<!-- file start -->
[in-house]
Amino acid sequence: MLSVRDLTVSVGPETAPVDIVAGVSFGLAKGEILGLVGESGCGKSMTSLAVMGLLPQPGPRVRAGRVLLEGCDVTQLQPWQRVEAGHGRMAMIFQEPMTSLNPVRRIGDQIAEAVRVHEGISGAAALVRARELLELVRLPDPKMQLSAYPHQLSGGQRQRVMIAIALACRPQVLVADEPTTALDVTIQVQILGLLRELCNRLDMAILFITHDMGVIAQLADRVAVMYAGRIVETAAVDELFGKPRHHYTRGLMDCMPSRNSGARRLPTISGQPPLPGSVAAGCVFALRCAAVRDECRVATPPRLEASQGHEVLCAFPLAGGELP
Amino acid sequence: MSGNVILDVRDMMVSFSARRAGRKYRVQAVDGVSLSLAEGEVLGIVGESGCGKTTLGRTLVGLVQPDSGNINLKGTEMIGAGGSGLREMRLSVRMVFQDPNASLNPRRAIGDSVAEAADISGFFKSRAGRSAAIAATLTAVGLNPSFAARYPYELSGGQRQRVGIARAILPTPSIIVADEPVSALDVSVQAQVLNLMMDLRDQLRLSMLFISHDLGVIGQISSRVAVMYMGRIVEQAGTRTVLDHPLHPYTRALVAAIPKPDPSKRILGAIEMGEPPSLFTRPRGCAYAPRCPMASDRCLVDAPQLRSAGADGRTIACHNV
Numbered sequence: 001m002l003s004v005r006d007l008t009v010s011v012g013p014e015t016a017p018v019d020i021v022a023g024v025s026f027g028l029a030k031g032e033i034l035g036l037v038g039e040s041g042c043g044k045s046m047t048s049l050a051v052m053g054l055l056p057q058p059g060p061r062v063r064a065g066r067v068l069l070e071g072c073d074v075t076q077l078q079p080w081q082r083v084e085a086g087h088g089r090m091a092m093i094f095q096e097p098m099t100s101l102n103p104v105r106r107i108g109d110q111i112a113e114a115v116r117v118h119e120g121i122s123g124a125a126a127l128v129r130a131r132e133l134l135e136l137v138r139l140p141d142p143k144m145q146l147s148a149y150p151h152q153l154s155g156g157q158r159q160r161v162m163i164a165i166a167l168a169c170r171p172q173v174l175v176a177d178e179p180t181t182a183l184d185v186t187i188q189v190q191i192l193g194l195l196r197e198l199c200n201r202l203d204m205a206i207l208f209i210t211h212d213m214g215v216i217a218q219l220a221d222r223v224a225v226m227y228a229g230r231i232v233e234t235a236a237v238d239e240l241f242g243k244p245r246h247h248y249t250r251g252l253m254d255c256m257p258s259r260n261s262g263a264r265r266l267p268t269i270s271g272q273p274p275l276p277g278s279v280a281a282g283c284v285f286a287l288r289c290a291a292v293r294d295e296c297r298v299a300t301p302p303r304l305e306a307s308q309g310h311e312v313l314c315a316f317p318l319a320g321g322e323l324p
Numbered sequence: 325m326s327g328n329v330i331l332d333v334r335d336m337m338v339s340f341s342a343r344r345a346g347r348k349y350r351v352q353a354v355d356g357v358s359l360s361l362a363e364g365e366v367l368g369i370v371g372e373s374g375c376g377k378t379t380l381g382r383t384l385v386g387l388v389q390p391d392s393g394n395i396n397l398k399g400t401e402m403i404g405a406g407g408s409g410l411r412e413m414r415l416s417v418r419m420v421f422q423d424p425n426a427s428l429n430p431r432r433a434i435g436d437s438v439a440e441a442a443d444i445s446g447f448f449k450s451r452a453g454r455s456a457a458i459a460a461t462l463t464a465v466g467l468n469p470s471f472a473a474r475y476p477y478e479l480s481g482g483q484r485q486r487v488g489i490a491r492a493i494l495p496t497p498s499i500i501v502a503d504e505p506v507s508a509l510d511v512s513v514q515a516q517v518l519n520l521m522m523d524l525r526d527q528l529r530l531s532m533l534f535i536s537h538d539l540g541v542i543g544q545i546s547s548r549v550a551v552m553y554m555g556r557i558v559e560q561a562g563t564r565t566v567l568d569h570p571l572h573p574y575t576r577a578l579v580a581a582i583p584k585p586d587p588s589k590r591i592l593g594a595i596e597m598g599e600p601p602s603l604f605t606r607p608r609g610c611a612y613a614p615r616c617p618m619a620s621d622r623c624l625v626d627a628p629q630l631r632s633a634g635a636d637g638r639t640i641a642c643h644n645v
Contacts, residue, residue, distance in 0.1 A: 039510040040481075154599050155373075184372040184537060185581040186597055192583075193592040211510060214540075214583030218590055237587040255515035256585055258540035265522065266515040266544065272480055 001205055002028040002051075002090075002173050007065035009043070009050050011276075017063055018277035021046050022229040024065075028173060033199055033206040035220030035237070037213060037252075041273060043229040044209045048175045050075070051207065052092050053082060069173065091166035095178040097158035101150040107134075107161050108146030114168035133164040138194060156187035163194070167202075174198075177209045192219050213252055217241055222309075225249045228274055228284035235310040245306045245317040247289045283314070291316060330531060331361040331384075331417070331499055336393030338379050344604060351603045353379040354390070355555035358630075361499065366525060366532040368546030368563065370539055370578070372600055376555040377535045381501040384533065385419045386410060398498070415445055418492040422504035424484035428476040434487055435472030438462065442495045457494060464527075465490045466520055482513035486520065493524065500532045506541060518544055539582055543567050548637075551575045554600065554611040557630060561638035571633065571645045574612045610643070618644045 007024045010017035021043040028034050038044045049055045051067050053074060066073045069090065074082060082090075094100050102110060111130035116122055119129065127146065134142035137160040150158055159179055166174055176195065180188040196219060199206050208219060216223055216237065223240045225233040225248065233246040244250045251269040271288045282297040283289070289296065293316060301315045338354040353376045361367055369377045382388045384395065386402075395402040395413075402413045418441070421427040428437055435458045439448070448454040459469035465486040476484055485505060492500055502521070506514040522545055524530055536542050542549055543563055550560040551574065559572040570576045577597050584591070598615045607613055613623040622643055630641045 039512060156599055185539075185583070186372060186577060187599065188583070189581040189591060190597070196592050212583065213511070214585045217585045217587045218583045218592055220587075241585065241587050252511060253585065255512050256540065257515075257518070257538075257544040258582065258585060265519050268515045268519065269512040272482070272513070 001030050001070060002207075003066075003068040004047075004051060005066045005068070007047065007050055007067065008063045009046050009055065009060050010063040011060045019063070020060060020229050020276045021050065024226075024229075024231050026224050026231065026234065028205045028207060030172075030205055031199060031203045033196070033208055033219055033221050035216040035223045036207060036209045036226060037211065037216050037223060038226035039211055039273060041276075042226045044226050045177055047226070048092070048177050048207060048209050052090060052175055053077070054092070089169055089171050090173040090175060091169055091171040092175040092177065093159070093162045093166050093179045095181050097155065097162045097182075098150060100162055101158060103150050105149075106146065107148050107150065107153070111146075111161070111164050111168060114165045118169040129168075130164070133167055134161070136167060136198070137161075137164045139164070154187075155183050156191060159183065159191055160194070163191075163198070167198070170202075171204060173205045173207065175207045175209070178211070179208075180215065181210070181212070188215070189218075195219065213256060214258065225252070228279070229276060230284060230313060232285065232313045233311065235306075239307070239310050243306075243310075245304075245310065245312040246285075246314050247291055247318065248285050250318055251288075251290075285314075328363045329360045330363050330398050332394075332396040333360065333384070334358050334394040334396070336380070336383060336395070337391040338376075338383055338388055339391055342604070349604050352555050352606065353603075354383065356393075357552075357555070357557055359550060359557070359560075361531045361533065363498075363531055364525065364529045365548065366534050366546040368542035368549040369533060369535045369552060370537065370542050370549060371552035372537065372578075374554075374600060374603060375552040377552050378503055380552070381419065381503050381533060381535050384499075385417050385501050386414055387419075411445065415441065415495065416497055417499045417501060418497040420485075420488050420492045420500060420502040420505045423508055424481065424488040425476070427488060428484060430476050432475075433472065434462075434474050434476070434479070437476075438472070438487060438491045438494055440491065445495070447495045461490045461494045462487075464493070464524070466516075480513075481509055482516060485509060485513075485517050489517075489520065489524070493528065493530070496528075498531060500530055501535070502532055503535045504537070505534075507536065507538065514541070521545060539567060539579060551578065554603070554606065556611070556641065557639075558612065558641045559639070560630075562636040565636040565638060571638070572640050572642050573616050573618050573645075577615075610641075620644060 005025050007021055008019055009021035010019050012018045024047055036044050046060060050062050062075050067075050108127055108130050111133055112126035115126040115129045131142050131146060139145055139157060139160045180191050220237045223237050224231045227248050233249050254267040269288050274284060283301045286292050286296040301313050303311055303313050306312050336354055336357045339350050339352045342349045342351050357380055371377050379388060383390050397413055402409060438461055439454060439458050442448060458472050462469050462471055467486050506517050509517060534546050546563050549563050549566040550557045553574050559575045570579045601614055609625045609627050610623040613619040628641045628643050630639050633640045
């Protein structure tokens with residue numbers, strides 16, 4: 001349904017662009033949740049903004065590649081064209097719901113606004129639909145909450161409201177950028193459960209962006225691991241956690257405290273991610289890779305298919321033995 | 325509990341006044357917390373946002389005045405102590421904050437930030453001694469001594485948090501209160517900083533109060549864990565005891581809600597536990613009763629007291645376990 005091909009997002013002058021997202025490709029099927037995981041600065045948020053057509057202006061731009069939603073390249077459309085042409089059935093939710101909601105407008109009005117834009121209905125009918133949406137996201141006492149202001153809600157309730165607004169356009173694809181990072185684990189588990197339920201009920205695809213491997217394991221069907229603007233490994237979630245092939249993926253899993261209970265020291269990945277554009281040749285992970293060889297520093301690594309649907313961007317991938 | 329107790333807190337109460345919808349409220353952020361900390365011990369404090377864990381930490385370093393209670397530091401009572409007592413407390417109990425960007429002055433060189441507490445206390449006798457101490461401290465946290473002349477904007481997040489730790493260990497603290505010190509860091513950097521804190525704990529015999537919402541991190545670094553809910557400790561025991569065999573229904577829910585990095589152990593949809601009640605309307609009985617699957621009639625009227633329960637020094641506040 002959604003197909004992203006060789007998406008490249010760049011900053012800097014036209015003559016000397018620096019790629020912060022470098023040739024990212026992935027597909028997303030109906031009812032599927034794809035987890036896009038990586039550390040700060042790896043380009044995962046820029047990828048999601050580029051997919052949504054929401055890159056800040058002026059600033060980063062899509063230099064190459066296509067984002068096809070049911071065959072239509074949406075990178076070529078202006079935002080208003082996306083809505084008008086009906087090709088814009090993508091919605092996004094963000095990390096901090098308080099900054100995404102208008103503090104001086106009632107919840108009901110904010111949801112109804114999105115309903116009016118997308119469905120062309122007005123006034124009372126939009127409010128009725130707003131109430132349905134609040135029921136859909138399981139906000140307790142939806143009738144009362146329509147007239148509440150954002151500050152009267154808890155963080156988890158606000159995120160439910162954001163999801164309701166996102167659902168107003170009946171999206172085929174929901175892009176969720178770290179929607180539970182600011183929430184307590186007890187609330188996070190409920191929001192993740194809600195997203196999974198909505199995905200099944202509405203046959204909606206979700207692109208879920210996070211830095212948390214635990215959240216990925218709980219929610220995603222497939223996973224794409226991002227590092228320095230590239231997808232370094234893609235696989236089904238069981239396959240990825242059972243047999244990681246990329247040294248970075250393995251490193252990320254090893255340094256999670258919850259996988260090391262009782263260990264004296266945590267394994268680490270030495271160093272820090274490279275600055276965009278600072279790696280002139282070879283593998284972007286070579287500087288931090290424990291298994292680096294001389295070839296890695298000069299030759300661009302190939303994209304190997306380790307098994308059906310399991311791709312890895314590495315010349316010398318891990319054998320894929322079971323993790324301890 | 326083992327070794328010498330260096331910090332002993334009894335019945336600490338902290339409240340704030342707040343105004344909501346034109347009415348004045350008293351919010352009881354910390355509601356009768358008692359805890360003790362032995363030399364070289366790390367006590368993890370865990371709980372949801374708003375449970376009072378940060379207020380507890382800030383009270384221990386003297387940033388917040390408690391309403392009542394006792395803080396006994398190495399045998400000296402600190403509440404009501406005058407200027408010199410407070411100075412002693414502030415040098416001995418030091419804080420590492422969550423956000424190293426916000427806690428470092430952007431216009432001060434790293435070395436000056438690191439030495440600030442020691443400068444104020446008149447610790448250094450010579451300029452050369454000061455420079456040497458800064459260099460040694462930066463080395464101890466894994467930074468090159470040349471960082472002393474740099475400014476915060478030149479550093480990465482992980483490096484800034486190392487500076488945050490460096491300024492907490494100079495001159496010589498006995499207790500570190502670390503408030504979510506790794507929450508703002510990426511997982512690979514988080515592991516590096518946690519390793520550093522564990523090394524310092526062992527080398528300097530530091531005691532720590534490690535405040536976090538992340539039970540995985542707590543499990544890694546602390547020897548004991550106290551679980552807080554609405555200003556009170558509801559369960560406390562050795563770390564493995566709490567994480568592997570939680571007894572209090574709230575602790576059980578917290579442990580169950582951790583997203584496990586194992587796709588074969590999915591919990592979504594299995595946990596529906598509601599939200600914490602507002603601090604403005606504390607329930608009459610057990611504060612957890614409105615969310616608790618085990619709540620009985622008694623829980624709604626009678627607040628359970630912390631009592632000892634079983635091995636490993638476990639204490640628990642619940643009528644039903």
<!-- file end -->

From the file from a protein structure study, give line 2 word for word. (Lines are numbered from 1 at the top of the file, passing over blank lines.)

Amino acid sequence: MLSVRDLTVSVGPETAPVDIVAGVSFGLAKGEILGLVGESGCGKSMTSLAVMGLLPQPGPRVRAGRVLLEGCDVTQLQPWQRVEAGHGRMAMIFQEPMTSLNPVRRIGDQIAEAVRVHEGISGAAALVRARELLELVRLPDPKMQLSAYPHQLSGGQRQRVMIAIALACRPQVLVADEPTTALDVTIQVQILGLLRELCNRLDMAILFITHDMGVIAQLADRVAVMYAGRIVETAAVDELFGKPRHHYTRGLMDCMPSRNSGARRLPTISGQPPLPGSVAAGCVFALRCAAVRDECRVATPPRLEASQGHEVLCAFPLAGGELP